To avoid real estate capital gains taxes, you should satisfy certain primary residence rules, as noted by Forbes. These rules allow a home owner to exclude certain gains from income if the home serves as a primary residence for at least two of the five years before the sale date.
The Internal Revenue Services defines the rules for primary residence exclusion, as noted by the organization's official website. As of 2014, the exclusion amounts are $250,000 for individual taxpayers and $500,000 for married couples filing jointly. Other criteria, including prior home sales and related 1031 transactions, also factor into the exclusion figure. The total amount subject to the exclusion is the selling price less any selling expenses and the adjusted basis. Basis is generally the price paid for the property, as noted by the Internal Revenue Service.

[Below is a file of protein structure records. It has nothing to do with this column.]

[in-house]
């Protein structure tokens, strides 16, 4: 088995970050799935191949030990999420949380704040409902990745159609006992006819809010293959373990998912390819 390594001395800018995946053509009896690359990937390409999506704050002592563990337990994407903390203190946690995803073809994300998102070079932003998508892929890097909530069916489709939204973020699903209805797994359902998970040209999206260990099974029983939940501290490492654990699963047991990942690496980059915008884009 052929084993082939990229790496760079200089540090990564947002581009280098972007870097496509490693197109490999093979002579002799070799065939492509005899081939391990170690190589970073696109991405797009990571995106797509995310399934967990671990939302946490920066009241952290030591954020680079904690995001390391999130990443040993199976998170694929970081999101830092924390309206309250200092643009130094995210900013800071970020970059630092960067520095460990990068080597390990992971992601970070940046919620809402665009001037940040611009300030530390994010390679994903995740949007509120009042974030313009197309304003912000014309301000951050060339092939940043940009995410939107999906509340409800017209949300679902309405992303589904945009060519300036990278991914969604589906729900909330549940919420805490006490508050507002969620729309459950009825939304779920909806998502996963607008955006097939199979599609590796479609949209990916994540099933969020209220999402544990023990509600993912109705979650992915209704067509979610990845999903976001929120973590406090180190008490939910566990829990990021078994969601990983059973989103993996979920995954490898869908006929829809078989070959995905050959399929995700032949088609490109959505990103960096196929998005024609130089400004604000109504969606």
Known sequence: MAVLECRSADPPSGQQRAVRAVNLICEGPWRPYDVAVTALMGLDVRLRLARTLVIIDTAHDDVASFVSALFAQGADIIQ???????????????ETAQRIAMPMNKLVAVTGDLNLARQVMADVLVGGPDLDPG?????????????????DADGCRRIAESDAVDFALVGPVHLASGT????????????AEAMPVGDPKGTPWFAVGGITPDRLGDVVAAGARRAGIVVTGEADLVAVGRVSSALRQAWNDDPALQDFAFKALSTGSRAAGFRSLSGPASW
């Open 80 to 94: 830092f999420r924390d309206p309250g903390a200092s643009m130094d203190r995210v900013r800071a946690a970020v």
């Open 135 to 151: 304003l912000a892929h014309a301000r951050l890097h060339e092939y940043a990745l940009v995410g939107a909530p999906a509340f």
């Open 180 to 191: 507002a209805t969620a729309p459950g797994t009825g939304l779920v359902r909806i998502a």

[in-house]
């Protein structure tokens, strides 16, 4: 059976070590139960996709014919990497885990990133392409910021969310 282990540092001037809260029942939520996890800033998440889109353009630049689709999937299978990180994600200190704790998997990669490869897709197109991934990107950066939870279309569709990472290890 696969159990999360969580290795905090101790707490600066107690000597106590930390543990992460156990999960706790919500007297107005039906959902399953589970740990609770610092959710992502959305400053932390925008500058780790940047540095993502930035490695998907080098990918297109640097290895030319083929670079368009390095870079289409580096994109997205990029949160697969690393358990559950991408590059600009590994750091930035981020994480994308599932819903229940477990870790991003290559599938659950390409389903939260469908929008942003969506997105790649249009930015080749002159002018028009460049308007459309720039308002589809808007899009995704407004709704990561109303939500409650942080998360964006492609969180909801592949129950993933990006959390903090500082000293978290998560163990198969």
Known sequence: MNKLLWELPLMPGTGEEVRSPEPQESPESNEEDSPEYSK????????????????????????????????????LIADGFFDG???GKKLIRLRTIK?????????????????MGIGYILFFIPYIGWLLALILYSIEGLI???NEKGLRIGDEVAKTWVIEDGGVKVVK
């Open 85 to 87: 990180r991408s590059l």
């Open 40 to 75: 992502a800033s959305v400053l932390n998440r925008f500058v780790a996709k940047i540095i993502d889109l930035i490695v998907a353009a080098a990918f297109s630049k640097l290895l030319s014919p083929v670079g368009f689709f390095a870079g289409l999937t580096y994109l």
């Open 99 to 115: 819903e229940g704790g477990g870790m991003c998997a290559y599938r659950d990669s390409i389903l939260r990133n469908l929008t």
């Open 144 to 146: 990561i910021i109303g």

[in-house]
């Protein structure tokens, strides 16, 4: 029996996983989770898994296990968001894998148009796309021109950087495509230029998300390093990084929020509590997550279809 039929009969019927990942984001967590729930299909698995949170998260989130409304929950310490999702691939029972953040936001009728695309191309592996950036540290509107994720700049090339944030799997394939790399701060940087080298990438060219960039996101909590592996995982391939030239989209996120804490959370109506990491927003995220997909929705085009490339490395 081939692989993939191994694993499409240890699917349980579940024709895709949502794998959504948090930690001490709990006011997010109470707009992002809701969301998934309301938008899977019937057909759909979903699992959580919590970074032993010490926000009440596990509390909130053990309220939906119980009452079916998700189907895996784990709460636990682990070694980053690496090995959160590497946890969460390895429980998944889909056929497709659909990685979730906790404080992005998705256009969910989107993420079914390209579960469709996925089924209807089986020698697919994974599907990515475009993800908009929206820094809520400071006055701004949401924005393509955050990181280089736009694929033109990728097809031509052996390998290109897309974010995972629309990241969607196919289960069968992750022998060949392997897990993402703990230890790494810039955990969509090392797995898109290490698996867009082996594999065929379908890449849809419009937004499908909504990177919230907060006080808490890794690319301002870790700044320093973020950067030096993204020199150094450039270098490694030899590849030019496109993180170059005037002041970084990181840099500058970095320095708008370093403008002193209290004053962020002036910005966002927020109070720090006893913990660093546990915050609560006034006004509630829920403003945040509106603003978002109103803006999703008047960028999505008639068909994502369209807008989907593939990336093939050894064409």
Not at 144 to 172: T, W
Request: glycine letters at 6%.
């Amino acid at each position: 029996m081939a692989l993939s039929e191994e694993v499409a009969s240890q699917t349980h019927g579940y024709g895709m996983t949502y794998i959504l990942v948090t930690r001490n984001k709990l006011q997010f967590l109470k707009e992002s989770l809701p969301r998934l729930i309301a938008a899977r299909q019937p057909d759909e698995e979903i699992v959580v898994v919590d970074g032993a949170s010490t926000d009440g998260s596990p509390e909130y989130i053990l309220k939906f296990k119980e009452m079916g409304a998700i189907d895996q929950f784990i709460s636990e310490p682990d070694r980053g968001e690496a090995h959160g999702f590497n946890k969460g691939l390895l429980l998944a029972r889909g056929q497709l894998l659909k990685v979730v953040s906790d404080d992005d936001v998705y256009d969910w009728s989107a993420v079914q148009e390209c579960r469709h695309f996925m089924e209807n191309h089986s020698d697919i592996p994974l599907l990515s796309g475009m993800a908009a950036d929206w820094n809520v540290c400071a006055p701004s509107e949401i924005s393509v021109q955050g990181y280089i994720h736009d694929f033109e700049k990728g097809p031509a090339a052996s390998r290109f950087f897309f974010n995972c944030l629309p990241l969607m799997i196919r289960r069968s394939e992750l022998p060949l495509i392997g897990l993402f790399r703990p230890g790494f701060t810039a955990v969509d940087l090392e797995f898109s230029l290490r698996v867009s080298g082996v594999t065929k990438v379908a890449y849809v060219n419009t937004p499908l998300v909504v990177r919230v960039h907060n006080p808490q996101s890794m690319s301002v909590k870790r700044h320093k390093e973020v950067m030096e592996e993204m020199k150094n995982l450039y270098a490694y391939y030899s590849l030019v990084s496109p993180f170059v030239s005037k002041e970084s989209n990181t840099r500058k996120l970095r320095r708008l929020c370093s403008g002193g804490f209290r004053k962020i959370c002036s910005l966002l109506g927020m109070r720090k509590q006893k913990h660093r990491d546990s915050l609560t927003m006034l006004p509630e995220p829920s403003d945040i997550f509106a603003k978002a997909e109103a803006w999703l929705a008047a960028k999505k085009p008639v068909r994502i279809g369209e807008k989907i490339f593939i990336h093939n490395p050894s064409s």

Various rules also apply to determine the actual sales price of the home. For instance, the value of personal property that is included with the transfer of the home should be excluded from the sale price, as noted by the Internal Revenue Service. Personal property includes furniture, draperies, rugs, washers and dryers. In addition, if the property sale is the result of a job transfer, any compensation received from an employer to assist with the move is not included in the sale price. Reduction of the sale price ultimately reduces the amount subject to capital gains tax.